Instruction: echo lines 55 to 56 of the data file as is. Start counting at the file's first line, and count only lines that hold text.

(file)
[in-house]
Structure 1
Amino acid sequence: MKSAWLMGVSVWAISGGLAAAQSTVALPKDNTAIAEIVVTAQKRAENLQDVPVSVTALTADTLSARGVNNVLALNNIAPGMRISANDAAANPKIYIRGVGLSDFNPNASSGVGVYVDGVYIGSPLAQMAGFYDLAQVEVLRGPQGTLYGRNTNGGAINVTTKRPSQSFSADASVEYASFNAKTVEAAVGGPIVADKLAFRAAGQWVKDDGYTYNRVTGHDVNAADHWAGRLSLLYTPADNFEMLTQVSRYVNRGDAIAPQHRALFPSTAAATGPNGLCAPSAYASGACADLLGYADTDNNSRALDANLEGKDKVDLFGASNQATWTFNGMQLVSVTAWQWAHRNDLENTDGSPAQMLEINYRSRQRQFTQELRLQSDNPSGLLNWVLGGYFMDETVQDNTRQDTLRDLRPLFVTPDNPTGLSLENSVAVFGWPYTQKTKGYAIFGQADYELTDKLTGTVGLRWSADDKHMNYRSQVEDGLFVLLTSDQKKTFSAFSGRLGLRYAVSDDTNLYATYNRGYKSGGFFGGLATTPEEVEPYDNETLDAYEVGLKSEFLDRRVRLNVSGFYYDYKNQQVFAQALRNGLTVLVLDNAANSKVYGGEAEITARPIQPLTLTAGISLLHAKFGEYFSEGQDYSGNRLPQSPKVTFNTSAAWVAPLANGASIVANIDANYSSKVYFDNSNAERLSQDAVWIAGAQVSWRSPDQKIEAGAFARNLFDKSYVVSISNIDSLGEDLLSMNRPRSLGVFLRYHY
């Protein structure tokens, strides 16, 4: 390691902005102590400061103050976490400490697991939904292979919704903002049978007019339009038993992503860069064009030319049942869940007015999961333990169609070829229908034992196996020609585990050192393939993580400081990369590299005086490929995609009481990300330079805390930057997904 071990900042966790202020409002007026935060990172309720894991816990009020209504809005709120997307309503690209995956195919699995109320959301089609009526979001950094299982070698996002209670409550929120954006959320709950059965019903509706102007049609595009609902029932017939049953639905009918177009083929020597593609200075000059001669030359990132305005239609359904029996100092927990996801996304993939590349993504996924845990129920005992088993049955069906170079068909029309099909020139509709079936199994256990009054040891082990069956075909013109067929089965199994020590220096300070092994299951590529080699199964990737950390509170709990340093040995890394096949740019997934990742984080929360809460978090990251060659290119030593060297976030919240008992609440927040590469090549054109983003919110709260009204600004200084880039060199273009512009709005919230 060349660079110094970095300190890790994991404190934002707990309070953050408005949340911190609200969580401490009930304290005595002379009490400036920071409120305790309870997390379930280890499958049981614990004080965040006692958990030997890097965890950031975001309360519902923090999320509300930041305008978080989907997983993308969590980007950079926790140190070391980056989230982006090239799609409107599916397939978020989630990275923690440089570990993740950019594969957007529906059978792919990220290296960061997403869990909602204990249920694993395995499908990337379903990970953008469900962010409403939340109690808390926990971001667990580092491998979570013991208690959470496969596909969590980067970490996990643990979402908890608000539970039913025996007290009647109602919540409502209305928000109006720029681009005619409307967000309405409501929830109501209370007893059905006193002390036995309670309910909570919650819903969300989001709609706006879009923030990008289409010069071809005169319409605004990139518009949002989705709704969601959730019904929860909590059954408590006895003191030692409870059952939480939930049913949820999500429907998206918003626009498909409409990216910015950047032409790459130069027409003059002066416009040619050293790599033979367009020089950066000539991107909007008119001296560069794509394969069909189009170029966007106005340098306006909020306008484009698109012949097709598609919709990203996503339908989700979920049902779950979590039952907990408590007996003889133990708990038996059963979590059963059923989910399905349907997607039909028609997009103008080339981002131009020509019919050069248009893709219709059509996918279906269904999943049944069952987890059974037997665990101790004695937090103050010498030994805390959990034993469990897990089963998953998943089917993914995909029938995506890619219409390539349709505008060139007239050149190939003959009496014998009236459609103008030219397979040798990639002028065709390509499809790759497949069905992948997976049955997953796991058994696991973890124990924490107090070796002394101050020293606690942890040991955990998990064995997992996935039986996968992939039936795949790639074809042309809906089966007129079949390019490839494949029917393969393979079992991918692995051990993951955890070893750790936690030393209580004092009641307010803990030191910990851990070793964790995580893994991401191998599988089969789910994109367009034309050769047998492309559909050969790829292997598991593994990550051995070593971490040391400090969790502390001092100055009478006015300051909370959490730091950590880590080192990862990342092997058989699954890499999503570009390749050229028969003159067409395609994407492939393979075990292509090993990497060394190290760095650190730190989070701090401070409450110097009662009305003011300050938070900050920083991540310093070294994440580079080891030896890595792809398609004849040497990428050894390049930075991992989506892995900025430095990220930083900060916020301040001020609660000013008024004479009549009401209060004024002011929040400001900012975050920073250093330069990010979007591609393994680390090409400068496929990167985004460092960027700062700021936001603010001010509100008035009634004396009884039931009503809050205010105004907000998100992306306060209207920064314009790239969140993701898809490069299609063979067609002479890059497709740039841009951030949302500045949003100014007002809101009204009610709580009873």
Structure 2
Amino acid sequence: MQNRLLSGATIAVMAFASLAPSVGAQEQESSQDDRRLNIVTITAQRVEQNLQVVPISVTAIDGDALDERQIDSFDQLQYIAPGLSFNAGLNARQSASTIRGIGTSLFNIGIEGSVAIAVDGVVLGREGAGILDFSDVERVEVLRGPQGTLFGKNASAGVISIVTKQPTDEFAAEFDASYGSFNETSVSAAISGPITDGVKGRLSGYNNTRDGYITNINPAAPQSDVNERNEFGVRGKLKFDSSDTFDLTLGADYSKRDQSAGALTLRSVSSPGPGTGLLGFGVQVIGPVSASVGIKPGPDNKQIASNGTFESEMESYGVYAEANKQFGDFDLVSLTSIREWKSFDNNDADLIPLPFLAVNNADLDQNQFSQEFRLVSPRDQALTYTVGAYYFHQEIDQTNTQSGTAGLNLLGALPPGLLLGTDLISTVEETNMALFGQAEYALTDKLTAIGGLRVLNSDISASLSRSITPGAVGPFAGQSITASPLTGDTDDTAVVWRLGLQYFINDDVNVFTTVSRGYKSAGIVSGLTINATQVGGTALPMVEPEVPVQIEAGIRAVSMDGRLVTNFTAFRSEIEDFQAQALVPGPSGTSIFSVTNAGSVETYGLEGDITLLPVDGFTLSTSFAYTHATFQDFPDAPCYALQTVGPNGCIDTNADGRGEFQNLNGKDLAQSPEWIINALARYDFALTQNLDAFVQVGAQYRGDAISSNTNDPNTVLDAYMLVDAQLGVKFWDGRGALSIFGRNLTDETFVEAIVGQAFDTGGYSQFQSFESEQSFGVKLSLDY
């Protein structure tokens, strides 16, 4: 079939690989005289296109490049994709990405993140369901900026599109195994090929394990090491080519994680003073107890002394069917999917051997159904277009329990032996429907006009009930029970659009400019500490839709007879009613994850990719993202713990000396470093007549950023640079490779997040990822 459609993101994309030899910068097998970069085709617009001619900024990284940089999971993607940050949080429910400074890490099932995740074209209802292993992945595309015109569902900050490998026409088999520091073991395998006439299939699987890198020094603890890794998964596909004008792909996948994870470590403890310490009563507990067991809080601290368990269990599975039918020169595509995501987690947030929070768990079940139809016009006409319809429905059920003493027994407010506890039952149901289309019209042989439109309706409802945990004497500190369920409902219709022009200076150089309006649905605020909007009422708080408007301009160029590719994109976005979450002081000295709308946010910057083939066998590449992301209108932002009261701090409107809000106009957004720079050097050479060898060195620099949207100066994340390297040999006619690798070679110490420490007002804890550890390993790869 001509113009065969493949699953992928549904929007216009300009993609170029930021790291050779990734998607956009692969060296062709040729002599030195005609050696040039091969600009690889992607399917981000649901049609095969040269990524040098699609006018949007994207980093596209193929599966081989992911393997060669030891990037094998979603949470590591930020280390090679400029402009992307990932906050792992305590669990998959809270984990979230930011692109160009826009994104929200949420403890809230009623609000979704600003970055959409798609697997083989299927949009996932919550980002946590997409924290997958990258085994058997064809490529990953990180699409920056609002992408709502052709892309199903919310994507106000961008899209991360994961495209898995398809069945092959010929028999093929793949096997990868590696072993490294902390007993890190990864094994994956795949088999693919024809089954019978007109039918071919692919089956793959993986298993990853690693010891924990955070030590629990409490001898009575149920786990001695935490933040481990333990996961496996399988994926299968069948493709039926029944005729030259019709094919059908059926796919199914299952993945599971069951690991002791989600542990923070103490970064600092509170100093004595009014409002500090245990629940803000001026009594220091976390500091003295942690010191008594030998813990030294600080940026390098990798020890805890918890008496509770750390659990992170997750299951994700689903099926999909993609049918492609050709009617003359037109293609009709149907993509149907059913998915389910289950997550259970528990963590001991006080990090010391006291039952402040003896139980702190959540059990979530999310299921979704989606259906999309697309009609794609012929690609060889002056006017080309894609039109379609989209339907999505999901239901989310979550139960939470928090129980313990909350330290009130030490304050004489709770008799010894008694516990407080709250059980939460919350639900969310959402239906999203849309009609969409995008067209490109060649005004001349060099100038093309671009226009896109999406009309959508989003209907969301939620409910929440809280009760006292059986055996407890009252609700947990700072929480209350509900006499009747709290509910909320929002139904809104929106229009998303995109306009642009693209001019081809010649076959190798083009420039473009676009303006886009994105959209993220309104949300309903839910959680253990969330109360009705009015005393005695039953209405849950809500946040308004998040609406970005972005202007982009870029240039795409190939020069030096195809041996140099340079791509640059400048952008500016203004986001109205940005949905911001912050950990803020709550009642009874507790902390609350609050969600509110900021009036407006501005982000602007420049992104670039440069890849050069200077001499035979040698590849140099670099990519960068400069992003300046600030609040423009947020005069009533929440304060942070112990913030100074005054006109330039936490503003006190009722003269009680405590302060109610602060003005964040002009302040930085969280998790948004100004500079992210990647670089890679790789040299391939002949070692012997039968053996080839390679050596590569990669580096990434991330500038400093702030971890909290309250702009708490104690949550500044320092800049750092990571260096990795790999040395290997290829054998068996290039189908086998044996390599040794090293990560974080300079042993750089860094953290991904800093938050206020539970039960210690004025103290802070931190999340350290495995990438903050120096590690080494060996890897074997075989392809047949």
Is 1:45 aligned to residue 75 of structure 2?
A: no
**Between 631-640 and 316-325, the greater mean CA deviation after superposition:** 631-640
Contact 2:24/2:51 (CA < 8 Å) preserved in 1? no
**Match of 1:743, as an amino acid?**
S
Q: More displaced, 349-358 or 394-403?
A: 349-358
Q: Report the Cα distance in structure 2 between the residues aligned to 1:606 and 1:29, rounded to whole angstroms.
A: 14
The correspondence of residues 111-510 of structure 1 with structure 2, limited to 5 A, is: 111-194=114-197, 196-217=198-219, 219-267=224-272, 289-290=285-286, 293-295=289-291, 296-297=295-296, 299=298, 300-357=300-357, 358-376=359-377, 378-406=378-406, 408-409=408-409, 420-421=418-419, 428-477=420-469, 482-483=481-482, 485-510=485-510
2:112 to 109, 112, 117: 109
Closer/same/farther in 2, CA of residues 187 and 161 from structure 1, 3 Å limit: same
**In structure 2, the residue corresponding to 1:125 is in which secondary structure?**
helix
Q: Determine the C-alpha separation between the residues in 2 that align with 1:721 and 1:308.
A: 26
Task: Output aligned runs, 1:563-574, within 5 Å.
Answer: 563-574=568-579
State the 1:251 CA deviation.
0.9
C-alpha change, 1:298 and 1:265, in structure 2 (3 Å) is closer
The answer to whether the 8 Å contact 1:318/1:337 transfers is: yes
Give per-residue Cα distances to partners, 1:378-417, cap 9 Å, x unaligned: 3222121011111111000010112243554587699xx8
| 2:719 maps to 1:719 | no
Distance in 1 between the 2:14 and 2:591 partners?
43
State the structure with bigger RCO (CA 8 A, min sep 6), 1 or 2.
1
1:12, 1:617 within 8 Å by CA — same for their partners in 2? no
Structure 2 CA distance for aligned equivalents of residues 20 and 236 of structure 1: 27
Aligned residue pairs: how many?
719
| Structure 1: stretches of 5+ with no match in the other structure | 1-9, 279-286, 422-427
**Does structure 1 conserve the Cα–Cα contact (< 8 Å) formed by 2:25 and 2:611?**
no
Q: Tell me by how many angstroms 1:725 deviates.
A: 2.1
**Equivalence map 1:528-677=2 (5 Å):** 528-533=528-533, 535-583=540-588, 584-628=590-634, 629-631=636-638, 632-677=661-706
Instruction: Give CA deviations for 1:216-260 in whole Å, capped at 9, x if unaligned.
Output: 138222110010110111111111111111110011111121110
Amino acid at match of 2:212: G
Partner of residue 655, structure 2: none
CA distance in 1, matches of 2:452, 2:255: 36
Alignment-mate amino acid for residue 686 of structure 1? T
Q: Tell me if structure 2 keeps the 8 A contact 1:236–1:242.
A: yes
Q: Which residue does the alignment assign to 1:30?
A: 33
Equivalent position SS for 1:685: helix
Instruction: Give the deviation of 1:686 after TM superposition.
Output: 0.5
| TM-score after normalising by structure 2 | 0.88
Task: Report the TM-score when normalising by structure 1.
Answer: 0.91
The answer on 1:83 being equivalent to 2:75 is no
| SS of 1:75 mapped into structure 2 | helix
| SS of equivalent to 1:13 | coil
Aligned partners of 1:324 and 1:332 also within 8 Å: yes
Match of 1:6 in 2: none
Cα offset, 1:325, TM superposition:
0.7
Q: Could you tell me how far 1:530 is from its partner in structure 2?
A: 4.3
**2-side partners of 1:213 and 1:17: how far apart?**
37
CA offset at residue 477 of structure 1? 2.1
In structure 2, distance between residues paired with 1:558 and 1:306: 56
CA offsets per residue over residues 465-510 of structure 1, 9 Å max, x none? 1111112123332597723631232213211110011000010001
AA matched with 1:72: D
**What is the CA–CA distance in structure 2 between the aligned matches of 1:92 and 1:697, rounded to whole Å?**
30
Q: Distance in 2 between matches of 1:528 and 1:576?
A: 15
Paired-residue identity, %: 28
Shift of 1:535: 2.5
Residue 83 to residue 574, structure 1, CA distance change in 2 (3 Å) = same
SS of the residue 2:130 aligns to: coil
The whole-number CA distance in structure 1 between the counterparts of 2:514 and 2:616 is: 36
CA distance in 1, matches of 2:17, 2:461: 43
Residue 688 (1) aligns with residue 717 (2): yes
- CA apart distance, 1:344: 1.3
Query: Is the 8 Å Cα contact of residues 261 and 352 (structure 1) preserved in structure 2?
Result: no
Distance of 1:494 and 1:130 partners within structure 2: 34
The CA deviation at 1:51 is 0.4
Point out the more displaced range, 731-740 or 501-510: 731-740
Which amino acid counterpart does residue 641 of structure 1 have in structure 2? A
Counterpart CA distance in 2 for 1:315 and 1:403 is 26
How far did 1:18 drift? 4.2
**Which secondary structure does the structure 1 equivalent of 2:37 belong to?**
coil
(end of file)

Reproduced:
Q: Which residue does the alignment assign to 1:30?
A: 33